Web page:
This is where Mr. Lansley’s White Paper gets things both nearly right – by devolving funding and responsibility for improving public health away from the central State to local authorities and focusing on results not fancy campaigns – and so very wrong – by drafting in the very vested interests that fuel the obesity epidemic to dictate health policy. Because if a policy that purports to tackle inequalities in health recruits as its executive arm the corporate entities responsible for widening the gap between the rich and poor, whose aim is to maximise their profits by selling to people whose health they are now charged with improving, who’s to say that in another 10 years time we won’t be looking back at the co-opting of the junk food industry as the point at which the poor, already getting fatter than the rich, finally saw the government make their health subject to the vagaries of market forces.

Monday, 6 December 2010

Policy-based evidence - Government proposes to remove scientists from drugs advisory committee

Government's relationship with the scientific community has been strained for some time; whether over the provision of empty sugar pills on the NHS, the future of research funding or the proper place of evidence in formulating government policy on drugs.

There is particular concern amongst scientists that scientific evidence is wheeled out in defence of a political viewpoint when it is deemed convenient, and ditched in favour of dogma, expedience and ideology when it isn't. The sacking of Prof. David Nutt as Chair of the Advisory Council on the Misuse of Drugs encapsulated the breakdown of trust between government and the scientific advisers it appoints - and it appears the Coalition government is prepared to travel further down the route of downgrading scientific advice when it comes to formulating drugs policy.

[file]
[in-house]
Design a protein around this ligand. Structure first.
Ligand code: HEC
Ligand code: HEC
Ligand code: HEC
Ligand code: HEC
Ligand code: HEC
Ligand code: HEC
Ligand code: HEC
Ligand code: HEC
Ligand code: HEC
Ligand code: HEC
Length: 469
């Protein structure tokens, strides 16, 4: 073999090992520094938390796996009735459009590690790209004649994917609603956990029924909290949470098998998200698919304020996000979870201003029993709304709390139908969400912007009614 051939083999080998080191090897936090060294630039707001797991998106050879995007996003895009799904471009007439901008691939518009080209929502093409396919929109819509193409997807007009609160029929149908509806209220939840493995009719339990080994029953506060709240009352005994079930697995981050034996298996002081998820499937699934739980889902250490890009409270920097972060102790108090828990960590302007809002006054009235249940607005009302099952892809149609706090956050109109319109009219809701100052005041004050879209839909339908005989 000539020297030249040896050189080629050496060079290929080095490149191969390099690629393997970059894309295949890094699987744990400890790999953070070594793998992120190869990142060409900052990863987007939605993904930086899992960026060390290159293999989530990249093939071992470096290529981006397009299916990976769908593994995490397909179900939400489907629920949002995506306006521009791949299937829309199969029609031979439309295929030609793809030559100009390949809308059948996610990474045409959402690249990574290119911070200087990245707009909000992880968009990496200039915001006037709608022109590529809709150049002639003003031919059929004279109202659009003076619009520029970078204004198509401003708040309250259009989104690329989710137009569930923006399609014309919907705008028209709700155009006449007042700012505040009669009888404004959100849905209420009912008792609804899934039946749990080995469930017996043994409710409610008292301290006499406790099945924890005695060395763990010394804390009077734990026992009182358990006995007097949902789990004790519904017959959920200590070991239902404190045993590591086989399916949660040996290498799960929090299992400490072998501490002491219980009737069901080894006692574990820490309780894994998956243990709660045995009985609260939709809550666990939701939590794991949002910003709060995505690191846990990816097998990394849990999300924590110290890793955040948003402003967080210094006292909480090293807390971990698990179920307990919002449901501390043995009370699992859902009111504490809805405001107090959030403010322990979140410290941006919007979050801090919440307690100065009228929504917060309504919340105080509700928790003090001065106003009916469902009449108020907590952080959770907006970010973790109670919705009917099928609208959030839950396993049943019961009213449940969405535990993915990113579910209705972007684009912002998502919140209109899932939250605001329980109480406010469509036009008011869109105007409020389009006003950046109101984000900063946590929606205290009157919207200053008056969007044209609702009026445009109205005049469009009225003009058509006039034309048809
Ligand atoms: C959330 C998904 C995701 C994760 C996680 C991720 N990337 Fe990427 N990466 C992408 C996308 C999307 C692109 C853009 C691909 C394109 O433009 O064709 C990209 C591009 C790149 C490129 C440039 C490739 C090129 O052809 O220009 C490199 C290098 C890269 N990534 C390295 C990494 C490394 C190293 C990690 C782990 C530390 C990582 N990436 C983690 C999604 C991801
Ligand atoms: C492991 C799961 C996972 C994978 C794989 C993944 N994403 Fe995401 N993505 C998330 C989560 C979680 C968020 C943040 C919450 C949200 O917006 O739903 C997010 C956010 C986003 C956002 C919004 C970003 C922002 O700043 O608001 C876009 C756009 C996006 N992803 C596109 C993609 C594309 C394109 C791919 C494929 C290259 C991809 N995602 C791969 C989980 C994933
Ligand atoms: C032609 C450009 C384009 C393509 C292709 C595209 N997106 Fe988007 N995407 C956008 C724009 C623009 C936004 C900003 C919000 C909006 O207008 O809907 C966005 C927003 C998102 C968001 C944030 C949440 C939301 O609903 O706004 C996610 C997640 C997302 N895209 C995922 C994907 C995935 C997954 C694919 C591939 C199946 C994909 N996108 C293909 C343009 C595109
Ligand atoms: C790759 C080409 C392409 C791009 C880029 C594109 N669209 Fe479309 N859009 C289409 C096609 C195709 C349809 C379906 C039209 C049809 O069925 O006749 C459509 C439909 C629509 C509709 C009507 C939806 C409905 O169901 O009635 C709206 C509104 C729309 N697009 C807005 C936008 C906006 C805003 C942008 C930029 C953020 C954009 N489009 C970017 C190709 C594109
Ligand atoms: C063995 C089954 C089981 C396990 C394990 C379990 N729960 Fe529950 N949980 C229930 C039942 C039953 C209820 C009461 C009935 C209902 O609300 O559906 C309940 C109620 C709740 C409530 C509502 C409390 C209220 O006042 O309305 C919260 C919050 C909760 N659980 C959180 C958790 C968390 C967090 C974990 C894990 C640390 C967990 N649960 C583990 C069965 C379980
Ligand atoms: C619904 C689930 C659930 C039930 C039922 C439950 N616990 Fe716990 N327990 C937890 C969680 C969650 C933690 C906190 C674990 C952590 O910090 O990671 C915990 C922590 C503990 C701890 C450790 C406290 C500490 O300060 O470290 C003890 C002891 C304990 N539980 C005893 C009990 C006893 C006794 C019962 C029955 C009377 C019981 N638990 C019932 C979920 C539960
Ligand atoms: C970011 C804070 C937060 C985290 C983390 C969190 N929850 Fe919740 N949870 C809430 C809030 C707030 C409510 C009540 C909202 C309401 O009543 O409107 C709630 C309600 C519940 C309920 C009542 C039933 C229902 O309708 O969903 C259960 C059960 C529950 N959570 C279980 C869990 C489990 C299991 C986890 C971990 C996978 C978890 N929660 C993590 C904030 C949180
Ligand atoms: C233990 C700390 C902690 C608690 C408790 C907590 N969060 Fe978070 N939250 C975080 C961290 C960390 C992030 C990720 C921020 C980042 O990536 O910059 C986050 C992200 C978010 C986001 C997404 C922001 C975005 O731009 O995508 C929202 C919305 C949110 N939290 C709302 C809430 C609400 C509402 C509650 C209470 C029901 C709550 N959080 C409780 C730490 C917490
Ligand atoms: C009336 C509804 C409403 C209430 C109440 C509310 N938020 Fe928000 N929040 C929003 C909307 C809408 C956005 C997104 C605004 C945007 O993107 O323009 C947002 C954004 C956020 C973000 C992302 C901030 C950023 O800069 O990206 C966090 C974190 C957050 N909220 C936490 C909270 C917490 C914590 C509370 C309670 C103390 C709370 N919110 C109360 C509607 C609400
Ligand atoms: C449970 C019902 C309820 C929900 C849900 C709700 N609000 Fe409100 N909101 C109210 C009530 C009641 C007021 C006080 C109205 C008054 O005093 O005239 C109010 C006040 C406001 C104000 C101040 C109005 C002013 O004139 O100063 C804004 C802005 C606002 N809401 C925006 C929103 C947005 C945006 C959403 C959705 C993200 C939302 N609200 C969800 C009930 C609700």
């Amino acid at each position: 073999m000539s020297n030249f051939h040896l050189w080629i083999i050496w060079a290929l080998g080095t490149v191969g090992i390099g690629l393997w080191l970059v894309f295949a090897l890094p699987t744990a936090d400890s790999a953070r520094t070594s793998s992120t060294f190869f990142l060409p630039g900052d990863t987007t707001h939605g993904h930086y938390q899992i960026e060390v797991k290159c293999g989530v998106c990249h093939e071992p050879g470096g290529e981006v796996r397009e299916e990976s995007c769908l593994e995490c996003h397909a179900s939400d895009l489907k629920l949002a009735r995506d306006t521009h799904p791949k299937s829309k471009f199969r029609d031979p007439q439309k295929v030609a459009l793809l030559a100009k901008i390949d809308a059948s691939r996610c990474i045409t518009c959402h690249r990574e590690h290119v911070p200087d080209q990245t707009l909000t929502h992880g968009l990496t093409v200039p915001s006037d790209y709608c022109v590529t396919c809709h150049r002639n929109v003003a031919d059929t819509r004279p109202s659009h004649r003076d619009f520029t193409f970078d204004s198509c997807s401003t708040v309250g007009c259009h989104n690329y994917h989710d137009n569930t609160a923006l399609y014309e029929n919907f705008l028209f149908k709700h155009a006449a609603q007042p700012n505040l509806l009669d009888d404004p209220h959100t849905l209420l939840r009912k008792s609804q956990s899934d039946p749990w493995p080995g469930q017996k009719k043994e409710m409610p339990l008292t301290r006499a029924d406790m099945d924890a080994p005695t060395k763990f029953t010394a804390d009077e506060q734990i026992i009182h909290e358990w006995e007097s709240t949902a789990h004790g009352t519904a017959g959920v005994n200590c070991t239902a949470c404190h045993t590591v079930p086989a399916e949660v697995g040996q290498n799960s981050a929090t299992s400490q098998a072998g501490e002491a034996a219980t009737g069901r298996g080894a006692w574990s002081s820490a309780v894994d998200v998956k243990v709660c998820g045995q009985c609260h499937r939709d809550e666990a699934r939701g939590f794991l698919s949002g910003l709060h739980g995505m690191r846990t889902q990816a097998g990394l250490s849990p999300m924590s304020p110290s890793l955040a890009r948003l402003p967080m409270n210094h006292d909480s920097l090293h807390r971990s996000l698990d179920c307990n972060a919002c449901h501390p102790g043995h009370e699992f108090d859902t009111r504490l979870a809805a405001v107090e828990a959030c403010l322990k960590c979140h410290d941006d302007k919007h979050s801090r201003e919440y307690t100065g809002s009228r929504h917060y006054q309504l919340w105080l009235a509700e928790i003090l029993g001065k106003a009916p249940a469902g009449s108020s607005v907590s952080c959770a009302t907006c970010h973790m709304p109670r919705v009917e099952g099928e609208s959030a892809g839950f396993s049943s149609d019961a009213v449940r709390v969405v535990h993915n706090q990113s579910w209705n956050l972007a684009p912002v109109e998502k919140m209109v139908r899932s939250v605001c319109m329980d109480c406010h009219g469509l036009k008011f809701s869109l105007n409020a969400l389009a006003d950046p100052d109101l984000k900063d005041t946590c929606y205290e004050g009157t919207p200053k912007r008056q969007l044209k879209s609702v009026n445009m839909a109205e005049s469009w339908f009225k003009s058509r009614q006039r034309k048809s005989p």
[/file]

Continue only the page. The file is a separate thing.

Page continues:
News reaches us via Imran Khan, Director of the Campaign for Science and Engineering (CaSE), and via The Guardian, that buried in the new Police Reform Bill is an amendment to the Misuse of Drugs Act of 1971 - which established the ACMD and its terms of reference - that removes the obligation for the Council's members to be chosen from specified professions.